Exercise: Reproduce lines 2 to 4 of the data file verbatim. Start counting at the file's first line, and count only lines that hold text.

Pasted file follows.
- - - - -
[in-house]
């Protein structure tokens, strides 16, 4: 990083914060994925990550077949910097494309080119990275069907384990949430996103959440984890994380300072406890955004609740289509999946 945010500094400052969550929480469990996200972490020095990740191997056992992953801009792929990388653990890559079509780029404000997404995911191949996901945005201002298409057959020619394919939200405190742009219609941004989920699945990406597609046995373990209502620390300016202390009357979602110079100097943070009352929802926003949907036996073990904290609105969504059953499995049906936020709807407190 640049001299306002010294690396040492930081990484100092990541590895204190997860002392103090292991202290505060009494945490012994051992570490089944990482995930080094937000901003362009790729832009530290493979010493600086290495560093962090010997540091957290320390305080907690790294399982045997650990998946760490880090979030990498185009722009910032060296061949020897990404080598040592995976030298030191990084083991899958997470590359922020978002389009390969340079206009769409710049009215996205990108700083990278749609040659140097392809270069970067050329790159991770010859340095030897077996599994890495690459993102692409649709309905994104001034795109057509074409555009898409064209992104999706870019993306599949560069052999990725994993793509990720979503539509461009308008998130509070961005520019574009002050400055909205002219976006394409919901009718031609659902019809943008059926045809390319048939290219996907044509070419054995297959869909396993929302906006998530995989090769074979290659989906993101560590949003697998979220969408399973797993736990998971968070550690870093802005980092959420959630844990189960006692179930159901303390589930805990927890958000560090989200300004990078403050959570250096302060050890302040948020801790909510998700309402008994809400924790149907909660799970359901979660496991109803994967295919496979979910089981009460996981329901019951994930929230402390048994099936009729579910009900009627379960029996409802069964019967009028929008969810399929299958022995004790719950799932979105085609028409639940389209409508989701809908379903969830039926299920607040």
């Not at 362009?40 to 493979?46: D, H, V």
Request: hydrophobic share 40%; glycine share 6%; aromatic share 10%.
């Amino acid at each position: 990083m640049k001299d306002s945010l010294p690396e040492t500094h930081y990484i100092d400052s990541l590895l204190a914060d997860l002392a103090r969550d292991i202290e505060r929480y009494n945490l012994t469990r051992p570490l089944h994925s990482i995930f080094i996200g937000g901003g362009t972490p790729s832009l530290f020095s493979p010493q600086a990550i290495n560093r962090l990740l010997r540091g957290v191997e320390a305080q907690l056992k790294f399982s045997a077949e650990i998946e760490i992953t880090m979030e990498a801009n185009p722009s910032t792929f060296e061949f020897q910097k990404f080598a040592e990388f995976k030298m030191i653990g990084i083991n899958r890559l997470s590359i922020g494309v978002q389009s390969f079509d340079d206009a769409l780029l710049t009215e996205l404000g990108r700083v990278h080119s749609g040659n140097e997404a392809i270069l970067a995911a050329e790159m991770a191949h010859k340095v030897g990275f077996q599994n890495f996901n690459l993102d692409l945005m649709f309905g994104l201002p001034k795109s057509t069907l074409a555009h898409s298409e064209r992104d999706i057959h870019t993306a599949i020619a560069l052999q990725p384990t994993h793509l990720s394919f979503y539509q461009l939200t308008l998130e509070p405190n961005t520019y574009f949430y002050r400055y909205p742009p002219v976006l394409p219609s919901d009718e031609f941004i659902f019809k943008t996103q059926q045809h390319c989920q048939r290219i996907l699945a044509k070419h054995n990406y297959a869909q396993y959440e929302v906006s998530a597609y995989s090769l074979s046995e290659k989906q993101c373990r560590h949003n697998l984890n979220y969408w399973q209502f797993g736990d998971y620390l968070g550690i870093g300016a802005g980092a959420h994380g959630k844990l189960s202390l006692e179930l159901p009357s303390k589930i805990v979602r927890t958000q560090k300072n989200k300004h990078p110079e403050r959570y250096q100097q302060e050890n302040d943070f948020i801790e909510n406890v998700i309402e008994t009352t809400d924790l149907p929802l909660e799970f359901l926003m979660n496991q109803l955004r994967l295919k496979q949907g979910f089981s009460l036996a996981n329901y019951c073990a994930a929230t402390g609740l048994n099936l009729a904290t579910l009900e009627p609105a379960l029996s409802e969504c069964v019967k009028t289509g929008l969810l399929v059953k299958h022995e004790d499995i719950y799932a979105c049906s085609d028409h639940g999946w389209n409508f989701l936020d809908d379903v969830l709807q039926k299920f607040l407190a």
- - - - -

């Protein structure tokens, strides 16, 4: 990083914060994925990550077949910097494309080119990275069907384990949430996103959440984890994380300072406890955004609740289509999946 945010500094400052969550929480469990996200972490020095990740191997056992992953801009792929990388653990890559079509780029404000997404995911191949996901945005201002298409057959020619394919939200405190742009219609941004989920699945990406597609046995373990209502620390300016202390009357979602110079100097943070009352929802926003949907036996073990904290609105969504059953499995049906936020709807407190 640049001299306002010294690396040492930081990484100092990541590895204190997860002392103090292991202290505060009494945490012994051992570490089944990482995930080094937000901003362009790729832009530290493979010493600086290495560093962090010997540091957290320390305080907690790294399982045997650990998946760490880090979030990498185009722009910032060296061949020897990404080598040592995976030298030191990084083991899958997470590359922020978002389009390969340079206009769409710049009215996205990108700083990278749609040659140097392809270069970067050329790159991770010859340095030897077996599994890495690459993102692409649709309905994104001034795109057509074409555009898409064209992104999706870019993306599949560069052999990725994993793509990720979503539509461009308008998130509070961005520019574009002050400055909205002219976006394409919901009718031609659902019809943008059926045809390319048939290219996907044509070419054995297959869909396993929302906006998530995989090769074979290659989906993101560590949003697998979220969408399973797993736990998971968070550690870093802005980092959420959630844990189960006692179930159901303390589930805990927890958000560090989200300004990078403050959570250096302060050890302040948020801790909510998700309402008994809400924790149907909660799970359901979660496991109803994967295919496979979910089981009460996981329901019951994930929230402390048994099936009729579910009900009627379960029996409802069964019967009028929008969810399929299958022995004790719950799932979105085609028409639940389209409508989701809908379903969830039926299920607040």
């Not at 362009?40 to 493979?46: D, H, V």
Request: hydrophobic share 40%; glycine share 6%; aromatic share 10%.